Psychotherapy for Grief
Grief is an experience of mixed feelings, including sadness, when a person experiences significant loss. The loss can be a person or special companion, but can also be a job, a pregnancy, a lifestyle, a promotion, or the loss of a friendship.
When we lose what has become familiar, or lose something we are hopeful for, it is normal to have strong feelings of sadness, anger and fear. The feelings can also be conflicting, for example, after a long illness, the loss of a loved one may also bring some relief. Relief they are no longer suffering but also anger and sadness they could not beat the illness.
Especially with unique losses of pregnancy, health, job, or dreams, you may feel isolated in your mourning experience. Often expected to "think positively" or "move on" before you are ready.
Grief means adjusting to a new and strange “normal”.
Remember: grief is as unique as the person experiencing it. Elizabeth Kubler Ross identified 5 stages of grief but they are not “stops” on the journey of grief. They are tools to help us frame and identify the mixture of emotions that can be involved in grieving. Many people respond to grief in 5 stages of denial, anger, bargaining, depression and acceptance. We experience these stages as we learn to live with what we’ve lost. Not everyone feels the same way, nor experiences all of the stages, nor the stages in the same order. However, having help to understand these stages may make you better equipped to cope with life and loss.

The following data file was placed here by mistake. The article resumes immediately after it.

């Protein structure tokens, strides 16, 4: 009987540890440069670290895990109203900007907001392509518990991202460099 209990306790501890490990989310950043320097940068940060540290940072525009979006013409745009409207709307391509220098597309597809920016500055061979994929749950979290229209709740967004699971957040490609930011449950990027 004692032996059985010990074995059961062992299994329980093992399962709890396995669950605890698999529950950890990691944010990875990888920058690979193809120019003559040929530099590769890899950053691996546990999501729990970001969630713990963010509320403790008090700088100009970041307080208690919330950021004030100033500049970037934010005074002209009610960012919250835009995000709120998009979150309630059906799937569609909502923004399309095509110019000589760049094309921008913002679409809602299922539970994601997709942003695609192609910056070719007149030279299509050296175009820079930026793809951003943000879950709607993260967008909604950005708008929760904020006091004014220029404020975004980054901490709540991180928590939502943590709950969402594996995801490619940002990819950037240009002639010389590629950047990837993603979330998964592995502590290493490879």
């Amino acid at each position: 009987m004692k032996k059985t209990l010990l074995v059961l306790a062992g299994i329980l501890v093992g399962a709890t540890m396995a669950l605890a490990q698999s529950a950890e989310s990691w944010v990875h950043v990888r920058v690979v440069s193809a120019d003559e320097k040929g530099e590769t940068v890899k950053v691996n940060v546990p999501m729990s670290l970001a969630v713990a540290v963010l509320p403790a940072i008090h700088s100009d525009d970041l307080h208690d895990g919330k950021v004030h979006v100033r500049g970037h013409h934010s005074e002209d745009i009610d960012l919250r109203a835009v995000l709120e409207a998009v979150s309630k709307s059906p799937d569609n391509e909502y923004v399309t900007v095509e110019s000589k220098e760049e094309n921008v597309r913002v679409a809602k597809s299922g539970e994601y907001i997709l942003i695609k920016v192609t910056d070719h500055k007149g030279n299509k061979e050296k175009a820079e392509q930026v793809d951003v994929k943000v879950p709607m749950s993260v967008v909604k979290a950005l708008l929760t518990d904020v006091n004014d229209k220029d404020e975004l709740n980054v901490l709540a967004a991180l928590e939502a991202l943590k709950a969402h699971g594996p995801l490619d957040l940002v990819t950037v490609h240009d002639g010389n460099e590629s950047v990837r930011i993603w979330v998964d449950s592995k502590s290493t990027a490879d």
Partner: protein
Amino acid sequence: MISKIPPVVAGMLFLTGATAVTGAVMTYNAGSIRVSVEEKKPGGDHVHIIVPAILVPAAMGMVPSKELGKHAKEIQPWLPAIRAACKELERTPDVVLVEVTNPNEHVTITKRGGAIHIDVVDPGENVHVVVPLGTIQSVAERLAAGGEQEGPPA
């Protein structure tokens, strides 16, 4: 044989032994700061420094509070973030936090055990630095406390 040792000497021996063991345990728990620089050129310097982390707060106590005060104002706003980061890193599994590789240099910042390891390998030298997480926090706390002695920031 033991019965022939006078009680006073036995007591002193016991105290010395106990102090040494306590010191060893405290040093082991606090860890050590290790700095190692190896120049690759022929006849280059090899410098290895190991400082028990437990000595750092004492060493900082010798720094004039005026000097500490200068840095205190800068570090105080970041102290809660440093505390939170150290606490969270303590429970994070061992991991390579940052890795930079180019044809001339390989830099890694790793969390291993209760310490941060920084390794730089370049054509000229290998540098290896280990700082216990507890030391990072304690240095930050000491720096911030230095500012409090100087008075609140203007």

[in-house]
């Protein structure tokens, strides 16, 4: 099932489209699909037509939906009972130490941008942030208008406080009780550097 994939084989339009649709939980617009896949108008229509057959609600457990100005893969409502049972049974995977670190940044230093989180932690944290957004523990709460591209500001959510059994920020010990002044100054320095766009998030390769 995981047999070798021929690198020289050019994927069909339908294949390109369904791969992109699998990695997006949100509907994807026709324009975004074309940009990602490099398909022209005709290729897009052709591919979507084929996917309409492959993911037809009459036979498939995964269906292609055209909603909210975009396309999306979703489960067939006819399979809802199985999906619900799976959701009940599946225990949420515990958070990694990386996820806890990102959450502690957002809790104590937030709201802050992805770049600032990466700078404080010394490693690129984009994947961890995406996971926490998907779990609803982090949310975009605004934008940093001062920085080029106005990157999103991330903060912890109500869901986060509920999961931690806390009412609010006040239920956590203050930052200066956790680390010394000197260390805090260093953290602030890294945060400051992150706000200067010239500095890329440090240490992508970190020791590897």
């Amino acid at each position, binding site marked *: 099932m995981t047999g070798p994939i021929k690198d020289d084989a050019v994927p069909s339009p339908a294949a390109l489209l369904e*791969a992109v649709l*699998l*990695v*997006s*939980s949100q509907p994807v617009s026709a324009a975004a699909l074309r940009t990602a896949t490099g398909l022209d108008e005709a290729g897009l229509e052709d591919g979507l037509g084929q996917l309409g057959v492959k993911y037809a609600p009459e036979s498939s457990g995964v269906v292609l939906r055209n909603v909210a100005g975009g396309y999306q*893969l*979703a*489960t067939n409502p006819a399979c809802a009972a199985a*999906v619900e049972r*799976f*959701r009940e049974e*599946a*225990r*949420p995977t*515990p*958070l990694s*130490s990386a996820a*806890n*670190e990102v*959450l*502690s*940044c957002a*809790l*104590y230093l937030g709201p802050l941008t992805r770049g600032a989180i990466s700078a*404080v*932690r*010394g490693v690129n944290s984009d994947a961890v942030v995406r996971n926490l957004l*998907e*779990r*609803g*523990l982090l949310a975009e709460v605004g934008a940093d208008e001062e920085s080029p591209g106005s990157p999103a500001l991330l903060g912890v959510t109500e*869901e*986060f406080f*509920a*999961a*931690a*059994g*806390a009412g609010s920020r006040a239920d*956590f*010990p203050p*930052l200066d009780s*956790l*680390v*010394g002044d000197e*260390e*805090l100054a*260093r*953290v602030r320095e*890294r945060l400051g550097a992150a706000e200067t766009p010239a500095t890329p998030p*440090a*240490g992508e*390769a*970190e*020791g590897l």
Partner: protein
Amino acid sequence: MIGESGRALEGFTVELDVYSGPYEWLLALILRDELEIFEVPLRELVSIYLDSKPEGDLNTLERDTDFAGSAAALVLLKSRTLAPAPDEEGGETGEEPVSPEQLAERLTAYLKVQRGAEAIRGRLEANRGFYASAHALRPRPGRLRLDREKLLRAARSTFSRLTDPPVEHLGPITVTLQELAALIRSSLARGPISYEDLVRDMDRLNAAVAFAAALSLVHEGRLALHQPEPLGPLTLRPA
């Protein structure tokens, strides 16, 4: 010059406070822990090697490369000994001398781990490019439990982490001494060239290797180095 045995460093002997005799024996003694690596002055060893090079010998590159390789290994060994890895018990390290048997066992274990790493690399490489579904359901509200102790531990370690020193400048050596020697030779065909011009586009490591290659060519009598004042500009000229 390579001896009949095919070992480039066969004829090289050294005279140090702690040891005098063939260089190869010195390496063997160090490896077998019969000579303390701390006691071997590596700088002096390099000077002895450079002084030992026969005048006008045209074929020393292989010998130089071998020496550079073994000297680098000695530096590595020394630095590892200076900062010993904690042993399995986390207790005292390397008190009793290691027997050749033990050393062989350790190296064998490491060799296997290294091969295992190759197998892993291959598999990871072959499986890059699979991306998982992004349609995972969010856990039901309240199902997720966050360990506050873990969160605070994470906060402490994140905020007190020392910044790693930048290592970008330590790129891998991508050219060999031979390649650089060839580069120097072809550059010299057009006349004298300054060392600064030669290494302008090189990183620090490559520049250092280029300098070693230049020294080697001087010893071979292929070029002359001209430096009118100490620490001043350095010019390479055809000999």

What You Can Expect
Free 15-minute phone consultation to see if we’re a good fit.
Book a 50-minute therapy session with Deanna.
Each counselling session is $175, and may be covered by your work healthcare provider.
Kübler-Ross, E., & Kessler, D. (2005). On grief and grieving: Finding the meaning of grief through the five stages of loss. New York: Scribner.
Devine, M. (2017). It's ok that you're not ok: meeting grief and loss in a culture that doesn't understand. Boulder, Colorado: Sounds True.